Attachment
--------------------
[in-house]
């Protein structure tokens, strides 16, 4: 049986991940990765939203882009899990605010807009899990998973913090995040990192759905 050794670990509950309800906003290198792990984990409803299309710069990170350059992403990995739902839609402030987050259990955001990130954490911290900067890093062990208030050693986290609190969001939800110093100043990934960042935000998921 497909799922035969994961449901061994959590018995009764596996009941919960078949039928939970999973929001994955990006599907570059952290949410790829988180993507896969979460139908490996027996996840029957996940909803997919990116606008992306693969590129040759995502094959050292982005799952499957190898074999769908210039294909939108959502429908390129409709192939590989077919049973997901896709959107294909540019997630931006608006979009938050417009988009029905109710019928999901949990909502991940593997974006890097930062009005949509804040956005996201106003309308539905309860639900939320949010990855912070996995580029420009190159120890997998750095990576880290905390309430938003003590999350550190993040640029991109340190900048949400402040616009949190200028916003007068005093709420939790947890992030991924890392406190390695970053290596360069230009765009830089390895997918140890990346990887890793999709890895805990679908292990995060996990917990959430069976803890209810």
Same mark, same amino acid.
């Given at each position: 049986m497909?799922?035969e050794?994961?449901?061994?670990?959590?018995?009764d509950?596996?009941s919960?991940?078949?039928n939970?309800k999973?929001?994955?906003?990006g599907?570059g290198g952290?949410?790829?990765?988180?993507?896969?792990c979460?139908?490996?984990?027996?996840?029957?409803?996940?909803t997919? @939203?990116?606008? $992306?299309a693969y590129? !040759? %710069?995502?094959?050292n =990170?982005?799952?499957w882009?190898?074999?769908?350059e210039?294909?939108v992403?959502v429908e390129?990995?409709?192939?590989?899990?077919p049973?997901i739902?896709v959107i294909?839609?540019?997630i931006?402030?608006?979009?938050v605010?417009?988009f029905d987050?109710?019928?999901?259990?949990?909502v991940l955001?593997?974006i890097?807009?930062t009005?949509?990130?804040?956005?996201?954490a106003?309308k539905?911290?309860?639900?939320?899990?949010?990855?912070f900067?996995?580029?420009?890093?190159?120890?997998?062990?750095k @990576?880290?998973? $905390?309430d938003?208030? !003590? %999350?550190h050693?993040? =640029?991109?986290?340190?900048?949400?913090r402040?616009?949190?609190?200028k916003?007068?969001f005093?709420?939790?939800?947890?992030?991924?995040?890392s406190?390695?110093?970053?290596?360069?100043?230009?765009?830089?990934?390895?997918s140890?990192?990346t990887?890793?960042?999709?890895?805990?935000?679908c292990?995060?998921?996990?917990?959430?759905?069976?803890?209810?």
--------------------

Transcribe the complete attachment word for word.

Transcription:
[in-house]
């Protein structure tokens, strides 16, 4: 049986991940990765939203882009899990605010807009899990998973913090995040990192759905 050794670990509950309800906003290198792990984990409803299309710069990170350059992403990995739902839609402030987050259990955001990130954490911290900067890093062990208030050693986290609190969001939800110093100043990934960042935000998921 497909799922035969994961449901061994959590018995009764596996009941919960078949039928939970999973929001994955990006599907570059952290949410790829988180993507896969979460139908490996027996996840029957996940909803997919990116606008992306693969590129040759995502094959050292982005799952499957190898074999769908210039294909939108959502429908390129409709192939590989077919049973997901896709959107294909540019997630931006608006979009938050417009988009029905109710019928999901949990909502991940593997974006890097930062009005949509804040956005996201106003309308539905309860639900939320949010990855912070996995580029420009190159120890997998750095990576880290905390309430938003003590999350550190993040640029991109340190900048949400402040616009949190200028916003007068005093709420939790947890992030991924890392406190390695970053290596360069230009765009830089390895997918140890990346990887890793999709890895805990679908292990995060996990917990959430069976803890209810």
Same mark, same amino acid.
């Given at each position: 049986m497909?799922?035969e050794?994961?449901?061994?670990?959590?018995?009764d509950?596996?009941s919960?991940?078949?039928n939970?309800k999973?929001?994955?906003?990006g599907?570059g290198g952290?949410?790829?990765?988180?993507?896969?792990c979460?139908?490996?984990?027996?996840?029957?409803?996940?909803t997919? @939203?990116?606008? $992306?299309a693969y590129? !040759? %710069?995502?094959?050292n =990170?982005?799952?499957w882009?190898?074999?769908?350059e210039?294909?939108v992403?959502v429908e390129?990995?409709?192939?590989?899990?077919p049973?997901i739902?896709v959107i294909?839609?540019?997630i931006?402030?608006?979009?938050v605010?417009?988009f029905d987050?109710?019928?999901?259990?949990?909502v991940l955001?593997?974006i890097?807009?930062t009005?949509?990130?804040?956005?996201?954490a106003?309308k539905?911290?309860?639900?939320?899990?949010?990855?912070f900067?996995?580029?420009?890093?190159?120890?997998?062990?750095k @990576?880290?998973? $905390?309430d938003?208030? !003590? %999350?550190h050693?993040? =640029?991109?986290?340190?900048?949400?913090r402040?616009?949190?609190?200028k916003?007068?969001f005093?709420?939790?939800?947890?992030?991924?995040?890392s406190?390695?110093?970053?290596?360069?100043?230009?765009?830089?990934?390895?997918s140890?990192?990346t990887?890793?960042?999709?890895?805990?935000?679908c292990?995060?998921?996990?917990?959430?759905?069976?803890?209810?």